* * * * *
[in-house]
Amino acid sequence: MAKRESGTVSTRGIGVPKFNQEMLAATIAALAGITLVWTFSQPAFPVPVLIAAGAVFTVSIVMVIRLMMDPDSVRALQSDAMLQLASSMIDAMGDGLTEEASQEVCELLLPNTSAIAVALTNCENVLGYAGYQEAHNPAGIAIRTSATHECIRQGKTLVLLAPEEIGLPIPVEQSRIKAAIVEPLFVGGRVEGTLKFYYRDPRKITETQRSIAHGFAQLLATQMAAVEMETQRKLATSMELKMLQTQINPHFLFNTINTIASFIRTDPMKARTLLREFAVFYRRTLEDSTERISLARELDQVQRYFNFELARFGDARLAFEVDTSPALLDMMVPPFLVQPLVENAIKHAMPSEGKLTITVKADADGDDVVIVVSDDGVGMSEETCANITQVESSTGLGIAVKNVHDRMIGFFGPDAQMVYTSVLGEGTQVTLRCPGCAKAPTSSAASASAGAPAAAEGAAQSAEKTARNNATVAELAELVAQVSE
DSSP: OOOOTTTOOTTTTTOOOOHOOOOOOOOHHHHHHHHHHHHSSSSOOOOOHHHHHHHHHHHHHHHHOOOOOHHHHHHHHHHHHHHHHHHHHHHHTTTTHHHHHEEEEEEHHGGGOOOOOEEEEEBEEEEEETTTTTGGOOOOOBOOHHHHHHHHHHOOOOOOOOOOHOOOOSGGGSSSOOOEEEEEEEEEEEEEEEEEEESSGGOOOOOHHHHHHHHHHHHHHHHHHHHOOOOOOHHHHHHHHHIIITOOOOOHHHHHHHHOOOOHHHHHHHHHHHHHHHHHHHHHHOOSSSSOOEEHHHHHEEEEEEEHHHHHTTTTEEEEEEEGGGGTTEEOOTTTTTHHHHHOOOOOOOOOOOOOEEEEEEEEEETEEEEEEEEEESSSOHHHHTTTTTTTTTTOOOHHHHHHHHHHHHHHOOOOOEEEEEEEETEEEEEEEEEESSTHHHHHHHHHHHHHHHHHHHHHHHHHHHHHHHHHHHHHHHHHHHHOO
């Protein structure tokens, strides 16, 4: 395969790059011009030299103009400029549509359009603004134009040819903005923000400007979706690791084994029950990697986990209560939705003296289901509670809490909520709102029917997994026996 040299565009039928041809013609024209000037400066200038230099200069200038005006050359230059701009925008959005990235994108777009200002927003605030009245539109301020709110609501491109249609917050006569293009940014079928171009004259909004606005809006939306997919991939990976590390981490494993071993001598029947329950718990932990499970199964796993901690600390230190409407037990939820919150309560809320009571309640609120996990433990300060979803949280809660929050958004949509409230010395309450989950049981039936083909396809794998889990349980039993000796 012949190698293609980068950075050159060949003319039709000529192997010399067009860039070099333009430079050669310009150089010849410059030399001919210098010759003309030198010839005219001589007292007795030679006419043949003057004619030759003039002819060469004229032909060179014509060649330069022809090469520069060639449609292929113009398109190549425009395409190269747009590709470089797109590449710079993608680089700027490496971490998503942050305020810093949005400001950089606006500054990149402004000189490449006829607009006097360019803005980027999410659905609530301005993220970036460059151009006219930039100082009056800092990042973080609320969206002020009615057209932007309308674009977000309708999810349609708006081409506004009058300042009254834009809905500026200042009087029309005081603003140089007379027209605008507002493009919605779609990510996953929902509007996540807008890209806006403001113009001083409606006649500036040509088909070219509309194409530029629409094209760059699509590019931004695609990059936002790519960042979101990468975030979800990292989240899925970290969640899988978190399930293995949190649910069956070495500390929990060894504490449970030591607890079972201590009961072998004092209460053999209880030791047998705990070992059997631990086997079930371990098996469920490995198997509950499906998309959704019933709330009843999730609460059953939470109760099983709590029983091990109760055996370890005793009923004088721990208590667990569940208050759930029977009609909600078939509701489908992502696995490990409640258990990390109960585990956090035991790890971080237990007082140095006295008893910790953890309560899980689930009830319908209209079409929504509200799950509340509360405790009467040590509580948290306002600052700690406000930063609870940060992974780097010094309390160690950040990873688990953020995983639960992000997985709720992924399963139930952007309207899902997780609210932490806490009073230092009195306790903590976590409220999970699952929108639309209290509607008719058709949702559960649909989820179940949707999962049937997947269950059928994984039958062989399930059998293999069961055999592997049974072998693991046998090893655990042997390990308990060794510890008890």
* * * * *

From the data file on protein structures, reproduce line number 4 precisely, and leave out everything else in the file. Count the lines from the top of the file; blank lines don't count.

């Protein structure tokens, strides 16, 4: 395969790059011009030299103009400029549509359009603004134009040819903005923000400007979706690791084994029950990697986990209560939705003296289901509670809490909520709102029917997994026996 040299565009039928041809013609024209000037400066200038230099200069200038005006050359230059701009925008959005990235994108777009200002927003605030009245539109301020709110609501491109249609917050006569293009940014079928171009004259909004606005809006939306997919991939990976590390981490494993071993001598029947329950718990932990499970199964796993901690600390230190409407037990939820919150309560809320009571309640609120996990433990300060979803949280809660929050958004949509409230010395309450989950049981039936083909396809794998889990349980039993000796 012949190698293609980068950075050159060949003319039709000529192997010399067009860039070099333009430079050669310009150089010849410059030399001919210098010759003309030198010839005219001589007292007795030679006419043949003057004619030759003039002819060469004229032909060179014509060649330069022809090469520069060639449609292929113009398109190549425009395409190269747009590709470089797109590449710079993608680089700027490496971490998503942050305020810093949005400001950089606006500054990149402004000189490449006829607009006097360019803005980027999410659905609530301005993220970036460059151009006219930039100082009056800092990042973080609320969206002020009615057209932007309308674009977000309708999810349609708006081409506004009058300042009254834009809905500026200042009087029309005081603003140089007379027209605008507002493009919605779609990510996953929902509007996540807008890209806006403001113009001083409606006649500036040509088909070219509309194409530029629409094209760059699509590019931004695609990059936002790519960042979101990468975030979800990292989240899925970290969640899988978190399930293995949190649910069956070495500390929990060894504490449970030591607890079972201590009961072998004092209460053999209880030791047998705990070992059997631990086997079930371990098996469920490995198997509950499906998309959704019933709330009843999730609460059953939470109760099983709590029983091990109760055996370890005793009923004088721990208590667990569940208050759930029977009609909600078939509701489908992502696995490990409640258990990390109960585990956090035991790890971080237990007082140095006295008893910790953890309560899980689930009830319908209209079409929504509200799950509340509360405790009467040590509580948290306002600052700690406000930063609870940060992974780097010094309390160690950040990873688990953020995983639960992000997985709720992924399963139930952007309207899902997780609210932490806490009073230092009195306790903590976590409220999970699952929108639309209290509607008719058709949702559960649909989820179940949707999962049937997947269950059928994984039958062989399930059998293999069961055999592997049974072998693991046998090893655990042997390990308990060794510890008890």